Creating a Livable Planet

Creating a Livable Planet
Creating a Livable Planet
Laurel Pearson, associate teaching professor of anthropology, gives the First-Year Lecture on September 19, 2022.
Laurel Pearson, associate teaching professor of anthropology, gives the First-Year Lecture on September 19, 2022.

In the fall of 2022, the College of the Liberal Arts chose the theme for its next offering in its Moments of Change initiative—an undertaking that brings students, faculty, staff, and alumni together to explore what it means to live through historic and contemporary times of change. 

Through the spring of 2024, Moments of Change: Creating a Livable Planet, is focusing on the many aspects of sustainability and highlighting the ongoing work of the Liberal Arts Sustainability Council, students, faculty, and staff in that regard. Similar to Remembering 1968 in 2018 and A Century of Women’s Activism in 2020, the college has planned an array of courses, lectures, presentations, and events centered around the Creating a Livable Planet theme.

Like its predecessors, this theme was chosen because of the timeliness of the issue. It is not enough to act—we must act now. Delayed efforts to mitigate the problems will have negative, and potentially irreversible, consequences for global warming, rising sea levels, food security, and public health. By addressing these issues, we can create a better world for future generations.

What is sustainability?

Adapted from the Penn State Sustainability Institute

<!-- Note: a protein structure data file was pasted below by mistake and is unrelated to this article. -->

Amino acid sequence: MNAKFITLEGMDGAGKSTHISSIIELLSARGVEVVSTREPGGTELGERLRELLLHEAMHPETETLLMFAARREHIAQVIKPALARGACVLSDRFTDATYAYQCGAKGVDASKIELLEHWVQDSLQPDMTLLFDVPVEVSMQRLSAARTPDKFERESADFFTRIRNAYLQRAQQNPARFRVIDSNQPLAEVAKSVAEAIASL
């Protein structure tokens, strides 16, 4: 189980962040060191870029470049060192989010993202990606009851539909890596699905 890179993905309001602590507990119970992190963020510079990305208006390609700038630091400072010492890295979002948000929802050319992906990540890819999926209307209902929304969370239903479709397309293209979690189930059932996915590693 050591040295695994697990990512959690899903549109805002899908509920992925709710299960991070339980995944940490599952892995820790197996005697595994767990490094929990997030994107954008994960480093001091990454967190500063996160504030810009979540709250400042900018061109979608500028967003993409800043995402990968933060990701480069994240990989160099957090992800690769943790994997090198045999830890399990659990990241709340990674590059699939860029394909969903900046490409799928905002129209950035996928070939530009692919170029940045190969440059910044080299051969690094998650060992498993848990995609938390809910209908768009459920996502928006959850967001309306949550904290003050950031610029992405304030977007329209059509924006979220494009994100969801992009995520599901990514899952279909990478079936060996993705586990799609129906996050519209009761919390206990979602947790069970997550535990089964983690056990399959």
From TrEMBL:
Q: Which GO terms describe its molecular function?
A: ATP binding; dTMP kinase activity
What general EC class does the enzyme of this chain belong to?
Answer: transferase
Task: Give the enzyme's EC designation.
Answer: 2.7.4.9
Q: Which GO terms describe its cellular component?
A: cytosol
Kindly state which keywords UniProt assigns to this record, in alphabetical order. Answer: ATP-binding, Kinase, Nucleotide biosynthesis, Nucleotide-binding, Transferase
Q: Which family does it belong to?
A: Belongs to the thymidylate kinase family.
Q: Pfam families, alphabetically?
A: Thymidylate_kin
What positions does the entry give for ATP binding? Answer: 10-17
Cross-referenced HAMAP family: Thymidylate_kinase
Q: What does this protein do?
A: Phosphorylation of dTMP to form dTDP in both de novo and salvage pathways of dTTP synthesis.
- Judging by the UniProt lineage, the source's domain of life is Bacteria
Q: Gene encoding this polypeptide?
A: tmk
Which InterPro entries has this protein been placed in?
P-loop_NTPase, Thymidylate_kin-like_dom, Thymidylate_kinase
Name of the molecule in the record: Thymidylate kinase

There are many definitions of sustainability. In fact, sustainability can mean different things to different people. For many years, the term “sustainability” equated in some people’s minds with environmentalism—people working to protect the planet from pollution, litter, and chemicals while trying to recycle and reduce their overall footprint on the planet.

While the environment is an important facet in sustainability, it is not the only facet.

Penn State sees sustainability as starting with people. The goal of sustainability is to create a holistic approach to human health, economy, and happiness. A stable and clean environment is an important part of that vision, but so, too, are issues like ending poverty, creating dynamic community infrastructure, and guaranteeing gender equity. Only with all of these components can we guarantee a sustainable future for all people.

Penn State has adopted the following as its formal definition of sustainability:

Sustainability is the simultaneous pursuit of human health and happiness, environmental quality, and economic well-being for current and future generations.

With that definition in mind, the College of the Liberal Arts has planned programming focused on topics like economic, racial, and gender equity and responsible labor practices.

Sustainability Courses

Whether you are an undergraduate or graduate student, a course in sustainability is a great way to broaden your Penn State education. With a greater understanding of the complex concepts related to the seventeen Sustainable Development Goals, including climate action, eliminating hunger and poverty, peaceful and just institutions, and innovation and infrastructure, you can expand your knowledge and gain a fresh perspective.

Sustainability Leaders

Shaka Ramanathan, a Paterno Fellow and Schreyer Scholar, is president of Days for Girls at Penn State. She is imajoring in Psychology and double minoring in Women’s Studies and Biology. 

Ziyen Curtis is the director of human resources for Enactus at Penn State. They are double majoring in History and Global and International Studies and double minoring in Women’s Studies and Gender and Sexuality Studies.

Helina Qin is the vice president of the Penn State Net Impact Undergraduate Chapter. She is double majoring in Economics and Finance with a minor in Information Sciences and Technology.

Upcoming Theme Events

Nick Pearson, associate teaching professor of psychology, presents “Psychology, Sustainability, and Circuity: Three Words That Sound Like They Should Start With The Same Letter, And How They Can Save The Planet” for the Liberal Arts First-Year Lecture on August 31, 2023.

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